Just as you need a few days to get used to a different pace and schedule while on vacation, you need a few days to adjust to being back in your writing office. If you expect a period of adjustment upon returning from your writer vacation you will find resuming your work schedule will go much smoother. Here are some ways you can transition back to your work life.
Preparing for your return before you leave on your writer vacation:
The biggest secret for reducing the stress of ending your vacation and for boosting your productivity the first week back is to schedule your time so your writer vacation ends the day after you get home. Many people create this buffer day for themselves. You will not be ready to jump into your regular schedule the day you get back. This buffer day allows you to recoup, both physically, and mentally, before resuming your writing schedule.
If you get back home during the afternoon, then leave the following day for you to get caught up in non-writing areas so that when you do sit down to go back to your writing work the rest of your life will be in order. (NOTE: you may have been writing while you were on your writing vacation and if you write every day, you will probably write when you get home, but hold off on the office side of your writing business until such as the administrative and production tasks of writing until after you have your household tasks in order.)
What to do the day before you leave for home from your writer vacation:
- Write down a to-do task for the day after you get home
- Write down three goals for the first week after you return home
- Write down three goals for the first month after you return home
- Write down the tasks you need to do to achieve your three goals for the first week and first month
On the last day of your writer vacation create a to-do list to tackle when you return home that will help you achieve your first day at work goal. Having a plan when you return home allows you to start working during the transition from your vacation schedule to a working routine.
This strategy will help shorten the time to get back into your writing schedule. Rather than sitting and getting frustrated by feeling you are behind because you took a week break from work, you can complete your first task and feel good about achieving an immediate accomplishment.
What to do the day you arrive home from your writer vacation
Give yourself time to catch up on your personal and business email if you haven’t done so while you were gone. To get the most out of your upcoming writing week you need to do prepare yourself, your family and your household by doing mundane things like grocery shopping, picking up and reviewing your snail mail, picking up the dog, mailing bills, etc.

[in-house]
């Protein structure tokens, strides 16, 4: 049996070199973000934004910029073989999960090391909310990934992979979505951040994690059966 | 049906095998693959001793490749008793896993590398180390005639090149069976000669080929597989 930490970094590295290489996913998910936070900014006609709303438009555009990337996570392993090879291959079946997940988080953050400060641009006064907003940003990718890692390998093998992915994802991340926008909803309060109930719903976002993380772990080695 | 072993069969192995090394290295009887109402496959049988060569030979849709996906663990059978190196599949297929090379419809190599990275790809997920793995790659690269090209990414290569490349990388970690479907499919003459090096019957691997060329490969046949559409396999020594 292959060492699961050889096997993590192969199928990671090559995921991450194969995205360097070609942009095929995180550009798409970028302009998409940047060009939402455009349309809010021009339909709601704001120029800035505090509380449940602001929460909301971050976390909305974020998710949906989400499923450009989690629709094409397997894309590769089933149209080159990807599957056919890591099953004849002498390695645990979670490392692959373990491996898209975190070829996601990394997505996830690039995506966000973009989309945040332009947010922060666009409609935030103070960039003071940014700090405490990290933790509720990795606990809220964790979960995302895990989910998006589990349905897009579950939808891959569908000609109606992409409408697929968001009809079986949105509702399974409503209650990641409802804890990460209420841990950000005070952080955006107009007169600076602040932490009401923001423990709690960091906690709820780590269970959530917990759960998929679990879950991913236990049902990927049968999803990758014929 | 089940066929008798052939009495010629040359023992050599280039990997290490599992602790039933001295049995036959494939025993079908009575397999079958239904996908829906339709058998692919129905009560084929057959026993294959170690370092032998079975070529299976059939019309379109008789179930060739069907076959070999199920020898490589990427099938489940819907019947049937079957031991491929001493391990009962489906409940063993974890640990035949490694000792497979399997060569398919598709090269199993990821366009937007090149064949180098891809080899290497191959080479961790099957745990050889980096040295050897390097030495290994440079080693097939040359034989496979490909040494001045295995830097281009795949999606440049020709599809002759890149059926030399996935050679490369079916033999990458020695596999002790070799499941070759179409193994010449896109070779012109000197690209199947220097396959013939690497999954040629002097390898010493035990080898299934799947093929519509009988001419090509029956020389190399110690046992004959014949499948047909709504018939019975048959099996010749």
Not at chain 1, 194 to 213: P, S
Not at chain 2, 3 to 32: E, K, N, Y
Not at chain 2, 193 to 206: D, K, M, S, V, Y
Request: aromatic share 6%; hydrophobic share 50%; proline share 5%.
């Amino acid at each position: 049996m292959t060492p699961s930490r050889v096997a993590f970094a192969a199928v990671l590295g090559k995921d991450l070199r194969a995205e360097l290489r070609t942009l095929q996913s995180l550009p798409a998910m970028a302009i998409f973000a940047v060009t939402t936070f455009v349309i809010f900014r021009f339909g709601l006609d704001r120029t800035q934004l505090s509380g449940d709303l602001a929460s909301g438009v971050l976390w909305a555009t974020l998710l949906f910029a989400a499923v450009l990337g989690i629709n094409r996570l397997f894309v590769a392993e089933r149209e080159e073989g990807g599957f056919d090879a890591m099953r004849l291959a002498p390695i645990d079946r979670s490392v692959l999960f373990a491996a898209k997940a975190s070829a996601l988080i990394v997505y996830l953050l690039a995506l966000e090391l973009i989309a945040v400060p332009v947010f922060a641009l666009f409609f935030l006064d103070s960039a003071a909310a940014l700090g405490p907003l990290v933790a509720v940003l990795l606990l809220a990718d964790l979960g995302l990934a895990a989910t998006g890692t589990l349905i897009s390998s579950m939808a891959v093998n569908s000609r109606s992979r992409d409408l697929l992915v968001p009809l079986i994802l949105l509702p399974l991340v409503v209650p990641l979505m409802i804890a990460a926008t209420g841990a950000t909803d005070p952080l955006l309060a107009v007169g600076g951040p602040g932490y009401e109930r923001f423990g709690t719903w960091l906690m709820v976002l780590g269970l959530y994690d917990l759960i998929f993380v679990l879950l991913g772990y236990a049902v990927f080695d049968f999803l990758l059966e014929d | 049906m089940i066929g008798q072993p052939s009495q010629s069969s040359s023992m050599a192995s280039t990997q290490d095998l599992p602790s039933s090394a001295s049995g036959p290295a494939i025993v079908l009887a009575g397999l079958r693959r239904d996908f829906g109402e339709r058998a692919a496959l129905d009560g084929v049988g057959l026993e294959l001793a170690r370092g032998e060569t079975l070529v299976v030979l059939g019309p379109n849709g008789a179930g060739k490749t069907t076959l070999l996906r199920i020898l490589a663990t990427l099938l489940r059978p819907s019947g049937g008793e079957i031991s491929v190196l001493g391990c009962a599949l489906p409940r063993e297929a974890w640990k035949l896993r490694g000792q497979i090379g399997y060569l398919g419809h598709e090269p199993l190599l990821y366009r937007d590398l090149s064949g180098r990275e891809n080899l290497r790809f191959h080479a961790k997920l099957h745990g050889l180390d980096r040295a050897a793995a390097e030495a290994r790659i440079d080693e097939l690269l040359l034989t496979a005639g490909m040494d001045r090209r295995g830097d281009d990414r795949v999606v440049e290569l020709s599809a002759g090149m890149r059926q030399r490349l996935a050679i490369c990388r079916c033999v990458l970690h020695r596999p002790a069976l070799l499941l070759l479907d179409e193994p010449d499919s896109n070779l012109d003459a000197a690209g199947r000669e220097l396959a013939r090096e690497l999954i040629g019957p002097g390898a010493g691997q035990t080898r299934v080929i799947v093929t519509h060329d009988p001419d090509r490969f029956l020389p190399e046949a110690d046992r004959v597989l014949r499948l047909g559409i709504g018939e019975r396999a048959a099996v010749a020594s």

Give your body a break
Did you overeat while on vacation? Did you sit around and read all day without exercising? If so, you aren’t alone but don’t try and get back in shape the day you get home. Your body goes through a lot when you travel. Whether you drove or took an airplane trip, be kind to your body when you return home. Twice a year I embark on a yearly vacation that is a two hour a drive from my house, and I’m always tired when I get back.
The day you return home is not the day to start a new exercise regime or a radical new diet. Hydrate. Travel tends to dehydrate you. Exercise, but start with a reduced workout on your buffer day and then build up your time and intensity to get back into your routine.
What to do on your buffer day
Set reasonable priorities on your buffer day. Remember, the buffer day is not the day you return from your writer vacation, but the next day, so you have an entire workday to prepare for resuming your working schedule.
Let your body recover from traveling
Expect it will take a few days to get back in the swing of things, whether you write full-time or if you write part-time and have a full-time day job. Here is a checklist that will help you make the most of your buffer day:
Set up your desk
I always have the best of intentions to clean off my desk before I leave for vacation, but I usually end up with a stack of books that I wanted to read but wouldn’t fit in my luggage, device cords and charges that I decide I don’t HAVE to take with me, etc. As a result, when I get home, I often need to clean up my desk.
I use cleaning my desk to ease back into my first work day. When I’m in the middle of writing a book or a short story, my desk gets filled with reference books, my daytimer (yes, I use paper and electronic tools,) and snail mail. Organizing your desk will help get your mind, as well as your workspace, organized.
Review your calendar
Review all deadlines that are on your calendar for your first week back. Most writers schedule small task deadlines for this period and avoid committing to novel or short story deadlines.
Review your emails including any lower priority emails that you deferred while away
Read through your emails looking for any new contests or submissions announcements. Update your calendar.
Review your weekly, monthly and quarterly goals to remind you what you wanted to accomplish and to increase your excitement about getting back to work.
Review your three to-dos for the week and each day that you wrote down the night before leaving for home. Update them if anything unexpected has changed.
Your first day back after your buffer day
On your first day of work at your writing desk, don’t feel like you need to stretch your day.
The secret to keeping your sanity upon returning from vacation is a combination of smart preparation and strategic triage. No matter how urgent the tasks and the pressure, do try to leave the office on time. After all, going on vacation does not automatically mean that you must put in extra hours as punishment! Be sure you build in time to relax and do the things you enjoy, that way the benefits of vacation stay with you longer.
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